Optimizing Workflow For High-Speed Imaging Applications

Today’s advanced high-speed cameras are used to record phenomena that are otherwise not visible to the naked eye by capturing the details of fast-moving events. While the images can be incredible, the high frame rates and pixel resolutions used can generate extreme amounts of data in a short period of time. This makes it imperative to optimize the high-speed imaging workflow for the application at hand.

High-Speed Imaging Uncovers The Invisible With Schlieren Techniques

Scientists use schlieren imaging, a noninvasive testing method, to visualize density gradients within otherwise invisible flows. Although this advanced imaging technique can now deliver detailed images of highly dynamic processes, obtaining high-quality data requires choosing the best high-speed camera for the application and careful optimization of the optical setup.

Capturing Fast-Moving Ferrofluids On The Nanoscale

When you pass a magnet over the surface of ferrofluids, it begins to reach out with its gooey, spikey arms. A team of researchers at Juniata College is using a Phantom high-speed camera to study its unique, magnetic particles that have vast implications for future lab-on-a-chip devices. The camera helps them to see these too-small, too-fast reactions and capture their nanoscale behaviors.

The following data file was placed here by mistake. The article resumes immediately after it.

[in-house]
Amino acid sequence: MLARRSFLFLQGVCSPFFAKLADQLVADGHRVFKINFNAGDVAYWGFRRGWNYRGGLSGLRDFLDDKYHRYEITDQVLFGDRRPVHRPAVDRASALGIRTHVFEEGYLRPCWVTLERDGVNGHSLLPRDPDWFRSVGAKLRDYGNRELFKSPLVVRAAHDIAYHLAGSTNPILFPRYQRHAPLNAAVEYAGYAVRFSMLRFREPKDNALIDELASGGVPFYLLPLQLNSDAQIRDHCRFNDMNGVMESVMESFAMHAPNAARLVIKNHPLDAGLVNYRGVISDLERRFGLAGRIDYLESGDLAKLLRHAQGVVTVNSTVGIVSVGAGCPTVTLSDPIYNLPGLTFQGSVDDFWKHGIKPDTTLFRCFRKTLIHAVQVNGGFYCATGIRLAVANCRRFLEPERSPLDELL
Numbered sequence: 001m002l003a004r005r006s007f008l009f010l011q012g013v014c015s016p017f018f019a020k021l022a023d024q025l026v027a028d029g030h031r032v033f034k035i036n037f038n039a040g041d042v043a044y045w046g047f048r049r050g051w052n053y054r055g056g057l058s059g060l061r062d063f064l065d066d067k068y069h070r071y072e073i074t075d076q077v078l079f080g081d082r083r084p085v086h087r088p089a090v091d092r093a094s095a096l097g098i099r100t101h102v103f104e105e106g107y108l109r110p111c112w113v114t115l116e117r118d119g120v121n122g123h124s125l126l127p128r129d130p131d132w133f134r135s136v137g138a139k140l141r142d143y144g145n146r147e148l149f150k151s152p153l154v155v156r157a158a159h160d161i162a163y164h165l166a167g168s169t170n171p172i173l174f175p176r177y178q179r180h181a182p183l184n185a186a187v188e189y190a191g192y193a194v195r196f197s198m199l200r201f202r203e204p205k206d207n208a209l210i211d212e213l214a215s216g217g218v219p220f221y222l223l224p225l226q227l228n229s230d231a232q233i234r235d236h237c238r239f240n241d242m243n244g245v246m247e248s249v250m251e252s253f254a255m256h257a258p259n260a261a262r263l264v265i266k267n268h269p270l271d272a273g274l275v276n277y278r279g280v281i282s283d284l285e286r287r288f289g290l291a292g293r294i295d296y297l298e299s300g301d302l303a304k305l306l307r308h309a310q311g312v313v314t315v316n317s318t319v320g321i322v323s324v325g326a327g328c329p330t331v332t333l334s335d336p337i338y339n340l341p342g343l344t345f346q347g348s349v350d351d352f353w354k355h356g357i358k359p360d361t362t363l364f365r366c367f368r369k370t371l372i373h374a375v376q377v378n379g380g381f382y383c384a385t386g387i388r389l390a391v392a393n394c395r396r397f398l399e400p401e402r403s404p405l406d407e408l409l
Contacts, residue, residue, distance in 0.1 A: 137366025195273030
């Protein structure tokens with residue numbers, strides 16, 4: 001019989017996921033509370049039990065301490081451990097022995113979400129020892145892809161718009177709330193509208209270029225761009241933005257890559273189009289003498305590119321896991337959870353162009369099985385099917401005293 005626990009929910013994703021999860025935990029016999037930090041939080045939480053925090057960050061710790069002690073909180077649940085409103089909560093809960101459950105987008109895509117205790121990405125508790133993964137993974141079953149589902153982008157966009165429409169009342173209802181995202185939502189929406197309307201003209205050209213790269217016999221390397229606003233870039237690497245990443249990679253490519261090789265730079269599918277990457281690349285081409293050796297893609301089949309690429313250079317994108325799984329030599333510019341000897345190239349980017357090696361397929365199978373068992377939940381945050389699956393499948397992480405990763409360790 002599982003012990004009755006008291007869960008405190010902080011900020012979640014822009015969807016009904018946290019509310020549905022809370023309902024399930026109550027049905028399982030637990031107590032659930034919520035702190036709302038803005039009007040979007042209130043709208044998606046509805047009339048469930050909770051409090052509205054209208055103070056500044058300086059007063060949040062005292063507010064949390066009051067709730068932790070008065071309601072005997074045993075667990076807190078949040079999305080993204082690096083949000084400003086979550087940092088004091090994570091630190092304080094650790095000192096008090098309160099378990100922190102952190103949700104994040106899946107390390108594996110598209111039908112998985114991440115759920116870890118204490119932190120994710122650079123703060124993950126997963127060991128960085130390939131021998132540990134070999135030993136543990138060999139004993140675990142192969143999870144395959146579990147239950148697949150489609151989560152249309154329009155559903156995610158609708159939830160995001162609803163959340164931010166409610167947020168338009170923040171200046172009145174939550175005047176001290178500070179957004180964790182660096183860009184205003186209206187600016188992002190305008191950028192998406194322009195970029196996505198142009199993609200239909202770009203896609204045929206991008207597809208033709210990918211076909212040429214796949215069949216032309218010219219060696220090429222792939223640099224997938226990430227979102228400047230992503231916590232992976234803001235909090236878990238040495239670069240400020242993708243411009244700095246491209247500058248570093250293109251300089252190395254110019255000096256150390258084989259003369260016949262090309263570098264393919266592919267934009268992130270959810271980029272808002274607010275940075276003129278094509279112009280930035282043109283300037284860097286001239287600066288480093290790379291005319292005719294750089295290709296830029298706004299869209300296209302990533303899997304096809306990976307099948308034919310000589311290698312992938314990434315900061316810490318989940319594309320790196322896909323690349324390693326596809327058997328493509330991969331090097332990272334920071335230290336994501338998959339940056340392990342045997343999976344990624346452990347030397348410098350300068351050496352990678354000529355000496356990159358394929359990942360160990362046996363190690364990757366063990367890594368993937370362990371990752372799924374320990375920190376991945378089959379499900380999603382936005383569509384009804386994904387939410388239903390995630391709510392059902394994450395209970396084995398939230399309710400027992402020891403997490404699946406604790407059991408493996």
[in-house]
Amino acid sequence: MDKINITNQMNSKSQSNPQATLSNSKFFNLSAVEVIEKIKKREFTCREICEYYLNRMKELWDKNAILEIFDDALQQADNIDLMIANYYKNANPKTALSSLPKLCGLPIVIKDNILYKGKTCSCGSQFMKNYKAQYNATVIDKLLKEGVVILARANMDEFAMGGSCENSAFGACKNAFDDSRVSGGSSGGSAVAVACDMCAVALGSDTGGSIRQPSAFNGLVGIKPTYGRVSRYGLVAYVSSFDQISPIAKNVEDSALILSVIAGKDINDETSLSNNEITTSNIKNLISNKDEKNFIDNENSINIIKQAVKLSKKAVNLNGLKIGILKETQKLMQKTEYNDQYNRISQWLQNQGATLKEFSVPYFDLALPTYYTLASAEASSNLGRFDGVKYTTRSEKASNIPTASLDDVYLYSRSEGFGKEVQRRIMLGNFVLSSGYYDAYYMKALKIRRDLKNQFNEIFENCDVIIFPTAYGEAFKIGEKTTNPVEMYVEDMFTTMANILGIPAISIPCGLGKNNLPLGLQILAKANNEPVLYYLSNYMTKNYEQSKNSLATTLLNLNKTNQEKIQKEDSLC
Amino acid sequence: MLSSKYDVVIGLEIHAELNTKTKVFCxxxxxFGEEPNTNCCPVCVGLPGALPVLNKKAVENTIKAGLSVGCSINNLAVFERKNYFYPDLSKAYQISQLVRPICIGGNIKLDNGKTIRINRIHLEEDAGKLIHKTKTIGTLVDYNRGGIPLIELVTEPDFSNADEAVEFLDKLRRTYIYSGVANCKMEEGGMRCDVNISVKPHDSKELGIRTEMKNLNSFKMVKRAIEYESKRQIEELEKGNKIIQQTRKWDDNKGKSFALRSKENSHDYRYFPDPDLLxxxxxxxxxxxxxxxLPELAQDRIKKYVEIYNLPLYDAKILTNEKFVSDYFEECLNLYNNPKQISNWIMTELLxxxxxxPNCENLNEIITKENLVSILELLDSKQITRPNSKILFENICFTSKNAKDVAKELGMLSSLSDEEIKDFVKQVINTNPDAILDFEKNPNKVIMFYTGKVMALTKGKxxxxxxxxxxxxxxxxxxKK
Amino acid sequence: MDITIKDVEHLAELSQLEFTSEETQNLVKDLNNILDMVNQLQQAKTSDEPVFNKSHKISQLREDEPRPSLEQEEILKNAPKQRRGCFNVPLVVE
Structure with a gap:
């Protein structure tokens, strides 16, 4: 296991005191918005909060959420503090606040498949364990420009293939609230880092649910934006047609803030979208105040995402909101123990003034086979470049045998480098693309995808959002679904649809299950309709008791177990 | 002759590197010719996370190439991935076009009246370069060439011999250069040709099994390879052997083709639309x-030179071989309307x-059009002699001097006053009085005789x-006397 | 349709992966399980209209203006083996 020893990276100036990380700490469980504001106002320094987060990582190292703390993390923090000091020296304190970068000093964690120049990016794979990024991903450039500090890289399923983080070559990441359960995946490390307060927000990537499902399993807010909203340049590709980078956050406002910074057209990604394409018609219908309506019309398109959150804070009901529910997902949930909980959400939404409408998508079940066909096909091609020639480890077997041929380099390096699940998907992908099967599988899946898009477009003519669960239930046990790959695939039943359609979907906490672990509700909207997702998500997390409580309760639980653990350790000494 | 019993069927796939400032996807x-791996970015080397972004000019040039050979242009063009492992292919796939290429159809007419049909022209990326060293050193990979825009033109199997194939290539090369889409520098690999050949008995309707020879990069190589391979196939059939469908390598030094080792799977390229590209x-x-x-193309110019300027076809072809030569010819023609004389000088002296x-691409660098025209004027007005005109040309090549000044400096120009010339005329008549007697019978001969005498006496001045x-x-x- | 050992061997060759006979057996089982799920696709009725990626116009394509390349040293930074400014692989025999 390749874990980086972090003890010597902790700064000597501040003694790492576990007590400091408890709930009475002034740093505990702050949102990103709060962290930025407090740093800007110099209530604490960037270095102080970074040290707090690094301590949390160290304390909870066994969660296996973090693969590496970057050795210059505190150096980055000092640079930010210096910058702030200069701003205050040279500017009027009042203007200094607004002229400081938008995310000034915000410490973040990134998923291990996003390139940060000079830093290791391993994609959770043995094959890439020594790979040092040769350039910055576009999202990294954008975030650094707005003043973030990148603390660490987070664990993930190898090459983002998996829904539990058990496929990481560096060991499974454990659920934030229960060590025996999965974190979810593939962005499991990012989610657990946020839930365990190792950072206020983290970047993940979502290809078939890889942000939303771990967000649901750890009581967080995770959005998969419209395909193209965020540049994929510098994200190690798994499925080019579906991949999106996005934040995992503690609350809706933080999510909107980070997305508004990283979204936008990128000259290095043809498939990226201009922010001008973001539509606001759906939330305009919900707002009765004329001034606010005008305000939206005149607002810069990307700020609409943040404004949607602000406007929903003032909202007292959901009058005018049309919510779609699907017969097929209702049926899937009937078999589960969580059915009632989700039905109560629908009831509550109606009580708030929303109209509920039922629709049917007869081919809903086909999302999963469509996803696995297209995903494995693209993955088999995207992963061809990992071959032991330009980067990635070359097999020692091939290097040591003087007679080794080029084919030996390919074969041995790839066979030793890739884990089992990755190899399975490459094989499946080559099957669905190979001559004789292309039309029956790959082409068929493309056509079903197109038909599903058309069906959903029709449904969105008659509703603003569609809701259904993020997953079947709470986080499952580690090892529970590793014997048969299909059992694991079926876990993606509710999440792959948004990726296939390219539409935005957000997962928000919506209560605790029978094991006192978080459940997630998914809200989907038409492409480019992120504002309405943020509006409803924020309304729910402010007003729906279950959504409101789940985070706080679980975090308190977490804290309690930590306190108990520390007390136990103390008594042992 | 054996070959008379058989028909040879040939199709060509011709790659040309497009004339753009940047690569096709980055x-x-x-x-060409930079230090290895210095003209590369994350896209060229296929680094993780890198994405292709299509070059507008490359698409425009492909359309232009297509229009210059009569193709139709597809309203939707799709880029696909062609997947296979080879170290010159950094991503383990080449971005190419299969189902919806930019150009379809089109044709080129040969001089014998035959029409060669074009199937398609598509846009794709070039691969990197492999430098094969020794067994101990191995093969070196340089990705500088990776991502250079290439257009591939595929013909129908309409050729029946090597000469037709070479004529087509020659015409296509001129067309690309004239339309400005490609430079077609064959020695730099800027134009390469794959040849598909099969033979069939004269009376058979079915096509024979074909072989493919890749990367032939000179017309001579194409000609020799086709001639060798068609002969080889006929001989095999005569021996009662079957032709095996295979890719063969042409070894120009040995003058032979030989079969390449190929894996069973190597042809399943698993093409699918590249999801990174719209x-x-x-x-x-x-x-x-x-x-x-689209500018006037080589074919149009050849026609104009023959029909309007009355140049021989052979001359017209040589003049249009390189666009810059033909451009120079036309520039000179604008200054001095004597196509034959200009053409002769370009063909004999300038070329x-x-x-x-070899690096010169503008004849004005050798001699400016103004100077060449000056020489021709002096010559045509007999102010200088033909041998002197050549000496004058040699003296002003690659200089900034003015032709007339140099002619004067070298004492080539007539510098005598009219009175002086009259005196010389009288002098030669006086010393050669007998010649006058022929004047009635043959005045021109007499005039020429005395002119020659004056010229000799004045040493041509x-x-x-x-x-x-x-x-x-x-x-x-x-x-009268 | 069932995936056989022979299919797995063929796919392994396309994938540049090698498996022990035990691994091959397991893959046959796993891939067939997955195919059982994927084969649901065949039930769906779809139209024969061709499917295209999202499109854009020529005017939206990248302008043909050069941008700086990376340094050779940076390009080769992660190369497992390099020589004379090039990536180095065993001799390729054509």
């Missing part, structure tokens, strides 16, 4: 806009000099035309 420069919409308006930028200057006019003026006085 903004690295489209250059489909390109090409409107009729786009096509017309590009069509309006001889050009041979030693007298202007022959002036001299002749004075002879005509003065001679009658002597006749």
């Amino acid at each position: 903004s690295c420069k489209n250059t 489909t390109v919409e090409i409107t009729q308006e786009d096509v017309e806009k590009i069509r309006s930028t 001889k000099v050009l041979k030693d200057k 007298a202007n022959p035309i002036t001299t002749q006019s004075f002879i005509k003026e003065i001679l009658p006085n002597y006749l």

When Lightning And Rods Connect: High-Speed Imaging Brings Understanding

Marcelo Saba is a modern-day Doc Brown — except that instead of capturing lightning to power a DeLorean time machine in Back to the Future, Saba captures lightning with high-speed cameras to not only advance the understanding of how lightning connects with lightning rods, but also provide the field data necessary to improve current lightning protection systems.

Product Video: High-Speed, High-Resolution Camera

Chris Kerr introduces the brand new Phantom v2640, the world’s fastest 4Mpx camera, with exceptional throughput of 26 Gpx/sec, and 6,600 fps at full resolution of 2048 x 1952.